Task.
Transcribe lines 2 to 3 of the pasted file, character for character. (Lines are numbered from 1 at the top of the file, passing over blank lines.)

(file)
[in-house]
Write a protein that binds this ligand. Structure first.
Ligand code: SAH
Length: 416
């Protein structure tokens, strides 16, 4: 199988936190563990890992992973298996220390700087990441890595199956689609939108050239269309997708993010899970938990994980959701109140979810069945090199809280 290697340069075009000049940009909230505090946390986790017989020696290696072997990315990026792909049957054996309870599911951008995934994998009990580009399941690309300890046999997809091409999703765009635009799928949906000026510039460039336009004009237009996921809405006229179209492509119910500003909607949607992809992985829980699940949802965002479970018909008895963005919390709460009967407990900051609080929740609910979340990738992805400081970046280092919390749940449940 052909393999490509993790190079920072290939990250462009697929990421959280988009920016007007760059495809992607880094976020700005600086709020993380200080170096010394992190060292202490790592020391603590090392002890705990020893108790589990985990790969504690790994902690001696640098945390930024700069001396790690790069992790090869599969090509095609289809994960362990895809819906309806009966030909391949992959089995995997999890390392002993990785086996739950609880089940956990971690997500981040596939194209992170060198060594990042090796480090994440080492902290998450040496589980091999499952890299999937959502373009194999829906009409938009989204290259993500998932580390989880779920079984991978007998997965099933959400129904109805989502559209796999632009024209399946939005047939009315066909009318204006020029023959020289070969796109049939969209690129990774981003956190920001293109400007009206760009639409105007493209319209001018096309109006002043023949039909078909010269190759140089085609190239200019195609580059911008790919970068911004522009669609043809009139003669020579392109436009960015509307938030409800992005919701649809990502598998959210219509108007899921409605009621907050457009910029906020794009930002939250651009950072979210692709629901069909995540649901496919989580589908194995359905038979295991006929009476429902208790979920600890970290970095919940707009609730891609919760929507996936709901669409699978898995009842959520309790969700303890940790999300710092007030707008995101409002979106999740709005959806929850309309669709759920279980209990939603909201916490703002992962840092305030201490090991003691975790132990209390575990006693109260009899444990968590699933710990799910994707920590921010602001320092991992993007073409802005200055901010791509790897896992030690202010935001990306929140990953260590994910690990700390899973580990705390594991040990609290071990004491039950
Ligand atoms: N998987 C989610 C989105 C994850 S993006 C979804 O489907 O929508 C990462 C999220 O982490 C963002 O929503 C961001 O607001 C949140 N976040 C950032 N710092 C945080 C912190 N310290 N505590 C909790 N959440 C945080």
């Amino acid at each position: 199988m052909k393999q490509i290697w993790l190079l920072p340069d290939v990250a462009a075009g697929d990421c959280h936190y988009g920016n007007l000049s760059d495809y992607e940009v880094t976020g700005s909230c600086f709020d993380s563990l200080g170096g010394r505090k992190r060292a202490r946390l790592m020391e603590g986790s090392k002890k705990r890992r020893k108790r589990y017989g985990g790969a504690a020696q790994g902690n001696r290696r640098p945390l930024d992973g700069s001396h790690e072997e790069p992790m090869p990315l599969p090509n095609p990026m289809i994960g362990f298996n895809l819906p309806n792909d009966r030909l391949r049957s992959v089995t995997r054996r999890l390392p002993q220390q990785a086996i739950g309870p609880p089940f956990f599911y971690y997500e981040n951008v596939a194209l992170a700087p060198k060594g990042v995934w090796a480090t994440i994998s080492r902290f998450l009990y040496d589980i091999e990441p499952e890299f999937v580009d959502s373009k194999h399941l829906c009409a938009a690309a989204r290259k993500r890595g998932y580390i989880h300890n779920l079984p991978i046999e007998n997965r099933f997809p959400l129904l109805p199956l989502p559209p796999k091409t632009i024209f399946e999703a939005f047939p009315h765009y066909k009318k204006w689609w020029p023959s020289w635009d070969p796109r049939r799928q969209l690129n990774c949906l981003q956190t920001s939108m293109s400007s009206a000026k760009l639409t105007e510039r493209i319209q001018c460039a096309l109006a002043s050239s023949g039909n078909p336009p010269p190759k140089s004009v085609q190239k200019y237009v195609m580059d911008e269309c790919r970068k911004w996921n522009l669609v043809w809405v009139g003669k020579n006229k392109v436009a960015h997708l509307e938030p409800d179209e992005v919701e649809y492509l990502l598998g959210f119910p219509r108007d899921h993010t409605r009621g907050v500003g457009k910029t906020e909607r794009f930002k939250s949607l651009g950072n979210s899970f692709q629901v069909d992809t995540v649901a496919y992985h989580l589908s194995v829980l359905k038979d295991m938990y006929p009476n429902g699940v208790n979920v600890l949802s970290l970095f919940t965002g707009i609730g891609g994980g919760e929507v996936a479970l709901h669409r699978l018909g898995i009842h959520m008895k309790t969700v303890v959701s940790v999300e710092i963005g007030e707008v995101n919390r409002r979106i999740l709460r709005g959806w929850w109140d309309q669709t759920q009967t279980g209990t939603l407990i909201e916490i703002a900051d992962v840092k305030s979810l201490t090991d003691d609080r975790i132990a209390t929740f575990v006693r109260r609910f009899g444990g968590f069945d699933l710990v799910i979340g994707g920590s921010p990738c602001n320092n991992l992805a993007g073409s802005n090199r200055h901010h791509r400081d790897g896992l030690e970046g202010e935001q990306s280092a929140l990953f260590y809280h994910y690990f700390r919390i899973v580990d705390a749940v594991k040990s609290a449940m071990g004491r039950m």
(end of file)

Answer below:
Write a protein that binds this ligand. Structure first.
Ligand code: SAH